Societal ills aside, perhaps we also expect too much from the promise of parenting. The National Marriage Project's 2006 "State of Our Unions" report says that parents have significantly lower marital satisfaction than nonparents because they experienced more single and child-free years than previous generations. Twenty-five years ago, women married around the age of 20, and men at 23. Today both sexes are marrying four to five years later. This means the experience of raising kids is now competing with highs in a parent's past, like career wins ("I got a raise!") or a carefree social life ("God, this is a great martini!"). Shuttling cranky kids to school or dashing to work with spit-up on your favorite sweater doesn't skew as romantic.
For the childless, all this research must certainly feel redeeming. As for those of us with kids, well, the news isn't all bad. Parents still report feeling a greater sense of purpose and meaning in their lives than those who've never had kids. And there are other rewarding aspects of parenting that are impossible to quantify. For example, I never thought it possible to love someone as deeply as I love my son. As for the Sloans, it's hard to say whether they had a less meaningful existence than my parents, or if my parents were 7 percent less happy than the Sloans. Perhaps it just comes down to how you see the candy dish—half empty or half full. Or at least as a parent, that's what I'll keep telling myself.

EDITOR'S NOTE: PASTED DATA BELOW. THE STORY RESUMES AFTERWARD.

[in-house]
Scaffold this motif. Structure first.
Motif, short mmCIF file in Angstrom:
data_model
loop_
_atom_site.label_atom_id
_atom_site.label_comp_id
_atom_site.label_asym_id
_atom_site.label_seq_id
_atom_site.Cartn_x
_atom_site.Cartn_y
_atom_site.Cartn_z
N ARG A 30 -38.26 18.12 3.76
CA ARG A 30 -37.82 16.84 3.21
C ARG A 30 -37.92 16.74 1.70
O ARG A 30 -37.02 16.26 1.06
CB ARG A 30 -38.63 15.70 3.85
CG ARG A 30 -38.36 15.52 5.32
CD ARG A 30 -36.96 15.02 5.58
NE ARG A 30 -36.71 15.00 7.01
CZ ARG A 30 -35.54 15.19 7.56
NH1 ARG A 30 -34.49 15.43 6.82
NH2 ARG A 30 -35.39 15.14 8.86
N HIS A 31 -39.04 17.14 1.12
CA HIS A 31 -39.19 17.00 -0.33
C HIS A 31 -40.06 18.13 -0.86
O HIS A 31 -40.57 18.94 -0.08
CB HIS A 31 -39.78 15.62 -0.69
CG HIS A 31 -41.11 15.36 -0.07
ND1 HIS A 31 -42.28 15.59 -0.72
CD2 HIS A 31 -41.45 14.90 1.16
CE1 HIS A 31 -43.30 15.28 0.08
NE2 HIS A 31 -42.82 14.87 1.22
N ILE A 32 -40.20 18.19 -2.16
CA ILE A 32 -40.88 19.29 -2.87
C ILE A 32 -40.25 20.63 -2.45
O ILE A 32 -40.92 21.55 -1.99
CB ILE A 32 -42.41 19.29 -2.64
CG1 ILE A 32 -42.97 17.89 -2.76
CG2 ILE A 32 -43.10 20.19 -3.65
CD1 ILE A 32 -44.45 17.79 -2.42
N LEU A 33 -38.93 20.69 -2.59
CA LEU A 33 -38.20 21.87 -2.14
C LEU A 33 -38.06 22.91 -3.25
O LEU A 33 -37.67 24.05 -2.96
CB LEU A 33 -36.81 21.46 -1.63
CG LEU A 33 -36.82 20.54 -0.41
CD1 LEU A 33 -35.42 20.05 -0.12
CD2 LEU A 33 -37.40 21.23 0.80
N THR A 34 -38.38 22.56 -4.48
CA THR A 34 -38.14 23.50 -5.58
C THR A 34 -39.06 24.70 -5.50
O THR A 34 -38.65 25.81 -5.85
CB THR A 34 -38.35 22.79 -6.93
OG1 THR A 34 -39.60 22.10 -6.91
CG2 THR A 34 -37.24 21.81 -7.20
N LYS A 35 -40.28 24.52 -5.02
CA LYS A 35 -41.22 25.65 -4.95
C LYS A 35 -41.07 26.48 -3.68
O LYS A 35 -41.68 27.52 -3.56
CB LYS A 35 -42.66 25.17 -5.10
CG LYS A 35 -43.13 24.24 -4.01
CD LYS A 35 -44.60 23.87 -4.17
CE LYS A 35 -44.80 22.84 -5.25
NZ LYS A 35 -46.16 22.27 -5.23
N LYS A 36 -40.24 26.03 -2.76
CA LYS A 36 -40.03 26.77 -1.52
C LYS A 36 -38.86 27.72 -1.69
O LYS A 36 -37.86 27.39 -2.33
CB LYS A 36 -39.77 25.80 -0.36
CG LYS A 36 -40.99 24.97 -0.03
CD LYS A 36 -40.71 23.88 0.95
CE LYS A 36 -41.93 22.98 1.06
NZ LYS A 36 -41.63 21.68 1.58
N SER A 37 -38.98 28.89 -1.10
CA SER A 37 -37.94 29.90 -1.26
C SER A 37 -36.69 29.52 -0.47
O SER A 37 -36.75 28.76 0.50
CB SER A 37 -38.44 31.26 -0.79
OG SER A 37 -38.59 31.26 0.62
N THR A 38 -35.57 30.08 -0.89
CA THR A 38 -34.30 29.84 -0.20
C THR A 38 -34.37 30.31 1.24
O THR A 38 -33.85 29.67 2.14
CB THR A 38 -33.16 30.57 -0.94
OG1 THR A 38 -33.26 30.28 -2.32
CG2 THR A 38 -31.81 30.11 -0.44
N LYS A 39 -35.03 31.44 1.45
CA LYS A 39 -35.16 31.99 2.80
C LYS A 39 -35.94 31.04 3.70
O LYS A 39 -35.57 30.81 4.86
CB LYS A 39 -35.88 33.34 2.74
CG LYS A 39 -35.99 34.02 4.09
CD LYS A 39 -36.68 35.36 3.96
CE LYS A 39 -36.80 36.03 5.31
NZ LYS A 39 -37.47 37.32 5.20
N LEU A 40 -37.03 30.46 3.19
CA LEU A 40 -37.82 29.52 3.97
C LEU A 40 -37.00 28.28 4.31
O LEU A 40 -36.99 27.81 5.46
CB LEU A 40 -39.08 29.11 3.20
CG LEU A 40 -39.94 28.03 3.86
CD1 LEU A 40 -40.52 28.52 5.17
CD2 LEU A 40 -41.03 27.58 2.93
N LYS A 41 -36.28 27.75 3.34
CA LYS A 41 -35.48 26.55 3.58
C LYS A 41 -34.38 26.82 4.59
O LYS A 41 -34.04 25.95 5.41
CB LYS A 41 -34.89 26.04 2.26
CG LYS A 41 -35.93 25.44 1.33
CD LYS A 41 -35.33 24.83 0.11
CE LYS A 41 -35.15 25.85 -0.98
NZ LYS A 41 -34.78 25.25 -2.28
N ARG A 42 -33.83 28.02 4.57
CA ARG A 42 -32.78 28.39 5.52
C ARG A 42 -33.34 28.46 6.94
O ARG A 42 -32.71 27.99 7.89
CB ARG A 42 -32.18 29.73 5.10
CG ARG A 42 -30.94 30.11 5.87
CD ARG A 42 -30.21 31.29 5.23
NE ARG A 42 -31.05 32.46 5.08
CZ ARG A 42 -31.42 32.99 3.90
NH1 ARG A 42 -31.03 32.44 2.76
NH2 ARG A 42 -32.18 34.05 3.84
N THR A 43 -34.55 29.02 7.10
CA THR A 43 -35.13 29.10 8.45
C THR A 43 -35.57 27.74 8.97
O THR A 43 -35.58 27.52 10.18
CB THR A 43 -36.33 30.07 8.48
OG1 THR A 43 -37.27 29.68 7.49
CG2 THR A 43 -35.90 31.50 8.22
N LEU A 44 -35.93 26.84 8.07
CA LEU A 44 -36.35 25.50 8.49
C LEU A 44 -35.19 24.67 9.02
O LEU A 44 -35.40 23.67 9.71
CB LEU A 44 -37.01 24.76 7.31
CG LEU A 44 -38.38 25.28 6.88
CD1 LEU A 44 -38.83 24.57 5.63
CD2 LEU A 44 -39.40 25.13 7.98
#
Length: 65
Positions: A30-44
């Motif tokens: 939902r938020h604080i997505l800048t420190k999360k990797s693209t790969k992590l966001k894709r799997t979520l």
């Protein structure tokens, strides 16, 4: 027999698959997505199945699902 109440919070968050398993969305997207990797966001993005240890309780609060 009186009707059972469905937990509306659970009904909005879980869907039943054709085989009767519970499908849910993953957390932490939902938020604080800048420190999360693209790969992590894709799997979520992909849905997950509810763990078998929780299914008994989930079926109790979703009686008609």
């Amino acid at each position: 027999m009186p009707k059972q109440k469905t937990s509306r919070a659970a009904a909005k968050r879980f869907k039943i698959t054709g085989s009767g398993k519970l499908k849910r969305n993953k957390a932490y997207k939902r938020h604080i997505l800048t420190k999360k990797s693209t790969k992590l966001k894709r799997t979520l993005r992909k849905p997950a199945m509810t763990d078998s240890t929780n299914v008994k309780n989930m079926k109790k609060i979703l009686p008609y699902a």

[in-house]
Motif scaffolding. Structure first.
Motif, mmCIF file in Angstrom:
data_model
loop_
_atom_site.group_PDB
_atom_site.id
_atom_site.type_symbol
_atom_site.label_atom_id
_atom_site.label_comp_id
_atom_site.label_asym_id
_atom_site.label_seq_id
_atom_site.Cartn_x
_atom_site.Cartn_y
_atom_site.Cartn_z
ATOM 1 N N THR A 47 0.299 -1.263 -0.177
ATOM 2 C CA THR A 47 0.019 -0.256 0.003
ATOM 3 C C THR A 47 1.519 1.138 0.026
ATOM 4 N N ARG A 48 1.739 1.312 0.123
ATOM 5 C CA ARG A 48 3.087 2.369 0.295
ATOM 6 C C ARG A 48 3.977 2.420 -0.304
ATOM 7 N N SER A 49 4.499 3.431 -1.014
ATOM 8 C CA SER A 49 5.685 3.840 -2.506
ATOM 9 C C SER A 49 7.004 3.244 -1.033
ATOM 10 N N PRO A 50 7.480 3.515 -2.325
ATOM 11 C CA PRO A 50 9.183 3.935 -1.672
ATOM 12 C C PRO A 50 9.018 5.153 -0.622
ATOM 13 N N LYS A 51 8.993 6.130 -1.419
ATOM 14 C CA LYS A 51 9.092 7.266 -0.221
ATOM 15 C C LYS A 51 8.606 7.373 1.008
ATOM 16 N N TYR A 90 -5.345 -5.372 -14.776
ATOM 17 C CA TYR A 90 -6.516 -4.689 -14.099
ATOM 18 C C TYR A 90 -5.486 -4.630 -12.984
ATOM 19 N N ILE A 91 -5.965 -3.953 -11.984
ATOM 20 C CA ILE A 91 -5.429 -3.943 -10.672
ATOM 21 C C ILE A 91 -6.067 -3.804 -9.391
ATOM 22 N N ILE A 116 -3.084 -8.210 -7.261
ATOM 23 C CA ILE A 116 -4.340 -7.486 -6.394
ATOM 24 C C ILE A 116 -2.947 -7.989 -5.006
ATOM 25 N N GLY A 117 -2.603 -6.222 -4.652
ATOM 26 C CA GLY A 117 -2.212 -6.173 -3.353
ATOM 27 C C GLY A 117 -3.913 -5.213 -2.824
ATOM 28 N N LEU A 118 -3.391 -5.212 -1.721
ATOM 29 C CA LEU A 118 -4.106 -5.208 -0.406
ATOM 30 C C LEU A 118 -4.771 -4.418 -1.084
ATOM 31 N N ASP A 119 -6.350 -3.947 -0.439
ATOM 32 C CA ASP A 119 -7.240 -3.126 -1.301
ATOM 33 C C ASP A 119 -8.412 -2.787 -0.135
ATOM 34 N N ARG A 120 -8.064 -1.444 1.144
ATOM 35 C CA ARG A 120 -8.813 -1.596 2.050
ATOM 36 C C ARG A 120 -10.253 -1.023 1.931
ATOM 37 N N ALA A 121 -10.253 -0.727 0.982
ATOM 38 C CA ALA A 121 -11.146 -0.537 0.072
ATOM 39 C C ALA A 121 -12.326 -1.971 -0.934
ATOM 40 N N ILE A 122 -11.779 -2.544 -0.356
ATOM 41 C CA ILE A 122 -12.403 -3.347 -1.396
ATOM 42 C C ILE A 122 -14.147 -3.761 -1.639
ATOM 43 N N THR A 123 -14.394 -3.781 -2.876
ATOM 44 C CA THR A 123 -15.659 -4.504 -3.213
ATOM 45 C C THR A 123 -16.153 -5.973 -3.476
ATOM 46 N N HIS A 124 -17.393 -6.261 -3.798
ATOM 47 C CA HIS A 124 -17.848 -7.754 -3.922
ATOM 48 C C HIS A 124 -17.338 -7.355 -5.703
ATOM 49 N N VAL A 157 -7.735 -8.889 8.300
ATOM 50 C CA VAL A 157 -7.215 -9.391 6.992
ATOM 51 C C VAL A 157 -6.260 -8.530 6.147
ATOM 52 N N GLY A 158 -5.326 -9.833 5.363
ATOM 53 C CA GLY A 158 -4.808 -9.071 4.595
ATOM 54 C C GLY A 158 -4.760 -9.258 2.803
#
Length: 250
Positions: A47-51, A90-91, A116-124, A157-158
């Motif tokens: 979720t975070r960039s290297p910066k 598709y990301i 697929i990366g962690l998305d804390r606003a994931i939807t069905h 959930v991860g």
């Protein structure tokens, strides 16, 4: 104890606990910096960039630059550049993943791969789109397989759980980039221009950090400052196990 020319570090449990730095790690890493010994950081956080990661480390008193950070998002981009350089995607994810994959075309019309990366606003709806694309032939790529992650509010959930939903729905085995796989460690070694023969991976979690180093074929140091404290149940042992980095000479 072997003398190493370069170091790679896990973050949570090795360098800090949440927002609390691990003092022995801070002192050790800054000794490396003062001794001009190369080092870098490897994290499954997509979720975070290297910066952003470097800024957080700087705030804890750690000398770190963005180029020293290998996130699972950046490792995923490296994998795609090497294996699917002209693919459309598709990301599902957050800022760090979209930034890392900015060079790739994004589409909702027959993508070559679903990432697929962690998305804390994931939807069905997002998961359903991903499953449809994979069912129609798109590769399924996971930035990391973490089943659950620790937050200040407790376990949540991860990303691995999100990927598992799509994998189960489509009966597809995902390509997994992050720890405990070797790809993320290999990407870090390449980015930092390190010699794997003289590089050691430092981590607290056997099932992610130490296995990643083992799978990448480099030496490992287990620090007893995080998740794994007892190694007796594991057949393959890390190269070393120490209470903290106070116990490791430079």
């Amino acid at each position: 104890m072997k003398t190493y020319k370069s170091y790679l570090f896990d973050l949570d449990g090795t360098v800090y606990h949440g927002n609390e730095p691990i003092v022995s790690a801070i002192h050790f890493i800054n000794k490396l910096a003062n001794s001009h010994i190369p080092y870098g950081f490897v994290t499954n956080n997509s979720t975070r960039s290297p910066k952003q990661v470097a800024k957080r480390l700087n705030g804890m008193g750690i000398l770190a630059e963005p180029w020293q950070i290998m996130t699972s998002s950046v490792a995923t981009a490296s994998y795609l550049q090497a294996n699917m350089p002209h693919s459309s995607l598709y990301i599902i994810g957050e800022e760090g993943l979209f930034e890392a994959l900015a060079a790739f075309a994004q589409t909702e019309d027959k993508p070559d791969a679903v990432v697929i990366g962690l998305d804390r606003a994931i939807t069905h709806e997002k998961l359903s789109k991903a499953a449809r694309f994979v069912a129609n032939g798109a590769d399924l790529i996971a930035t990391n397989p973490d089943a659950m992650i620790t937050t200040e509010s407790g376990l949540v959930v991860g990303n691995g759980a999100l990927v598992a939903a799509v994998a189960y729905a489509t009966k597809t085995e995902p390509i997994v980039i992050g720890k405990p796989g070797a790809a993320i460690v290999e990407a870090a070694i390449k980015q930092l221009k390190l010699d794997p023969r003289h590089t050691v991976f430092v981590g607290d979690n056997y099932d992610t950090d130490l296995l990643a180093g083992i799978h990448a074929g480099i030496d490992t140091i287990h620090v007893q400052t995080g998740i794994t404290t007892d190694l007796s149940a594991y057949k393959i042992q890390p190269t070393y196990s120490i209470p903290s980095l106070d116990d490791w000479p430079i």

you can find it here---

Having Kids Makes You Happy
By Lorraine Ali NEWSWEEK
July 7-14, 2008 issue


Smriti said...

A very interesting article and I totally agree with Jen Singer (one of the participants). We're expected to only appreciate parenthood so even if somebody feels otherwise I'm sure they can't shout it loud in this world. We're ingrained with the rule that once you get married you must have kids and if you get married then everybody around you assumes that one day you will have kids. Otherwise you'll be "Mr Sloan". I think people should ask themselves the question "Why" instead of "When" they want to have kids.